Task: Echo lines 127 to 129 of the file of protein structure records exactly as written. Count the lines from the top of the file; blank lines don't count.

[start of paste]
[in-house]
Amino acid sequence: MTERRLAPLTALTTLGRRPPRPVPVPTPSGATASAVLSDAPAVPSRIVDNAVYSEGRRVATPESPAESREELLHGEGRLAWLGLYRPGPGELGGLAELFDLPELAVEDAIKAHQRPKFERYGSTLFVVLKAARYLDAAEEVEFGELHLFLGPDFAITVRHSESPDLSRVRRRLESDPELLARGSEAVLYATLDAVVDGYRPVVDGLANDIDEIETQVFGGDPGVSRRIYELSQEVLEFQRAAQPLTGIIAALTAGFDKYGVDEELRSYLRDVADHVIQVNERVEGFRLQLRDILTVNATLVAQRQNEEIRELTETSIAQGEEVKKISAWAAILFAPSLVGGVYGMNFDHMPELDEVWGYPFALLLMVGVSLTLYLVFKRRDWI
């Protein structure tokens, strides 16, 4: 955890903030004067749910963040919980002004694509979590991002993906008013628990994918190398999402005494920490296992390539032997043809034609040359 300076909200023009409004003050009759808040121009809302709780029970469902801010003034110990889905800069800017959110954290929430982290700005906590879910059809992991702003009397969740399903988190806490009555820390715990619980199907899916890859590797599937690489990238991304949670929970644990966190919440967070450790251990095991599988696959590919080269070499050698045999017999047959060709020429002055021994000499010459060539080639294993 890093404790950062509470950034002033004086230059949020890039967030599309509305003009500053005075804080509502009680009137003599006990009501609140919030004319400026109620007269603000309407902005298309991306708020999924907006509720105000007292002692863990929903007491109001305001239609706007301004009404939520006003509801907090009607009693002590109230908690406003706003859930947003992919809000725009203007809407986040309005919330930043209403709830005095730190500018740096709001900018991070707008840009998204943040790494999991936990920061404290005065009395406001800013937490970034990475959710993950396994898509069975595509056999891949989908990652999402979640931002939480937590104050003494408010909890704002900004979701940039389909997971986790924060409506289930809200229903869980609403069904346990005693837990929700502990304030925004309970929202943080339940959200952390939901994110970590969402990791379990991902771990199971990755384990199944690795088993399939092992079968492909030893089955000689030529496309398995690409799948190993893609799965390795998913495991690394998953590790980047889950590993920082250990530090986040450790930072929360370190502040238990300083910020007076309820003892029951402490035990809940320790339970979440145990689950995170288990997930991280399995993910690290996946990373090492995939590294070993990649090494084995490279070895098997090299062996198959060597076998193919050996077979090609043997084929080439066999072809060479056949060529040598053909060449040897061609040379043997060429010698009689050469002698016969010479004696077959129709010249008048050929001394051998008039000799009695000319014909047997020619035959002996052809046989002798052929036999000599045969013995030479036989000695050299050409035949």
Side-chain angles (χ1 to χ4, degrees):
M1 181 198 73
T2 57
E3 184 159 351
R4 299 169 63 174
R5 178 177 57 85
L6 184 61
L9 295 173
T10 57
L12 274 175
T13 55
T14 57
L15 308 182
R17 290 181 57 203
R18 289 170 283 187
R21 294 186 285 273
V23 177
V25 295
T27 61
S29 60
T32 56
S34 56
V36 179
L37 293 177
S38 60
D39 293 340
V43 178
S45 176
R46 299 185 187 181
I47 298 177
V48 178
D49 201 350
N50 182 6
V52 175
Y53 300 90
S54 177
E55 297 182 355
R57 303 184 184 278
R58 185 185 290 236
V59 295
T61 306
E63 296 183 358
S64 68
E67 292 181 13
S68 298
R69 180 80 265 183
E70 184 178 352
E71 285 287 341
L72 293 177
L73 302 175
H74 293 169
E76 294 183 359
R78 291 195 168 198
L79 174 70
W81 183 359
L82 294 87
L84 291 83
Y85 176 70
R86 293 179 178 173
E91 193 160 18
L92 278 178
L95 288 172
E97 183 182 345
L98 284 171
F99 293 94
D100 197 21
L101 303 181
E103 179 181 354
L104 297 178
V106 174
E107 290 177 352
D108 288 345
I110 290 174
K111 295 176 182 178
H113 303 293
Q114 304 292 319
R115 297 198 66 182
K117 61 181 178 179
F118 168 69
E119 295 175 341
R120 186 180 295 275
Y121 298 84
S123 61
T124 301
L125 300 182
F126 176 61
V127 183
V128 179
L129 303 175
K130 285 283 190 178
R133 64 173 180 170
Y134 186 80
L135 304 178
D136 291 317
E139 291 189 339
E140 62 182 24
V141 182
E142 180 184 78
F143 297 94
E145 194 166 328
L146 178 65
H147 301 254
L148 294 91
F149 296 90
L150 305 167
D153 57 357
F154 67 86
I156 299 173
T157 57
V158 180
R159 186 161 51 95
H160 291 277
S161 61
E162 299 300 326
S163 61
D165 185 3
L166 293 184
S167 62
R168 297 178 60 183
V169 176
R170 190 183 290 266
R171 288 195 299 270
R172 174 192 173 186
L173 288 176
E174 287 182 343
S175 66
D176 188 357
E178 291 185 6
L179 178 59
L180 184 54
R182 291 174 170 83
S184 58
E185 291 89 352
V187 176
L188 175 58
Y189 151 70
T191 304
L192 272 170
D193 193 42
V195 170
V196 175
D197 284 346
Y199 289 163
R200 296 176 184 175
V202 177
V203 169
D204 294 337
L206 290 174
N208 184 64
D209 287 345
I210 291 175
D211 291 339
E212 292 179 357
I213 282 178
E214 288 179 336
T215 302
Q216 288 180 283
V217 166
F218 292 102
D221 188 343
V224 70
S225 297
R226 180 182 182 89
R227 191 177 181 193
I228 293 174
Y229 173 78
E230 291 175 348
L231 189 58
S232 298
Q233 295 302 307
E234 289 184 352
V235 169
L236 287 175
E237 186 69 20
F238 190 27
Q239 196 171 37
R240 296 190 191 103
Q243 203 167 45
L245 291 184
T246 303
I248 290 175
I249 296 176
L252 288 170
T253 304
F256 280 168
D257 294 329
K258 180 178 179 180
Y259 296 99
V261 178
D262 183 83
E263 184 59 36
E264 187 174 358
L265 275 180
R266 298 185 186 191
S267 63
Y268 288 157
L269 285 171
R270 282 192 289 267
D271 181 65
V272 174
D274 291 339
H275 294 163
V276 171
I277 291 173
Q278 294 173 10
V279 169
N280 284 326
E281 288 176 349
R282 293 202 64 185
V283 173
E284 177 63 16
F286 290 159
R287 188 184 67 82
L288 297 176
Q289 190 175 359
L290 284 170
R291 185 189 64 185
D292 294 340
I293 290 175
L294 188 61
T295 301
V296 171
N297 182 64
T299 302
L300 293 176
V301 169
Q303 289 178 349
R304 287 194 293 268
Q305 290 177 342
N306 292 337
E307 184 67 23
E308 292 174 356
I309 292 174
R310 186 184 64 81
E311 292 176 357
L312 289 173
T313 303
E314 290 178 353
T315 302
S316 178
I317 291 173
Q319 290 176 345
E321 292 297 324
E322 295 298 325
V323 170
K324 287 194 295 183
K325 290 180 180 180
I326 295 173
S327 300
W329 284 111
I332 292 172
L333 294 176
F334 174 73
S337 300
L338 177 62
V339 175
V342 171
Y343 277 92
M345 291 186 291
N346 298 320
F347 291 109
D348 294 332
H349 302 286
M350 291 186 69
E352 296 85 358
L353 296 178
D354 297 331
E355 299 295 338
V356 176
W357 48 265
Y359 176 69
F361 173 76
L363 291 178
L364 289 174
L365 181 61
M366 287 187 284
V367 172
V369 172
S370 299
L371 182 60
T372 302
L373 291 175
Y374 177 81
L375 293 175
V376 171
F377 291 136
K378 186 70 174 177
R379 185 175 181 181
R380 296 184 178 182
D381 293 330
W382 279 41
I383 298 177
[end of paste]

L173 288 176
E174 287 182 343
S175 66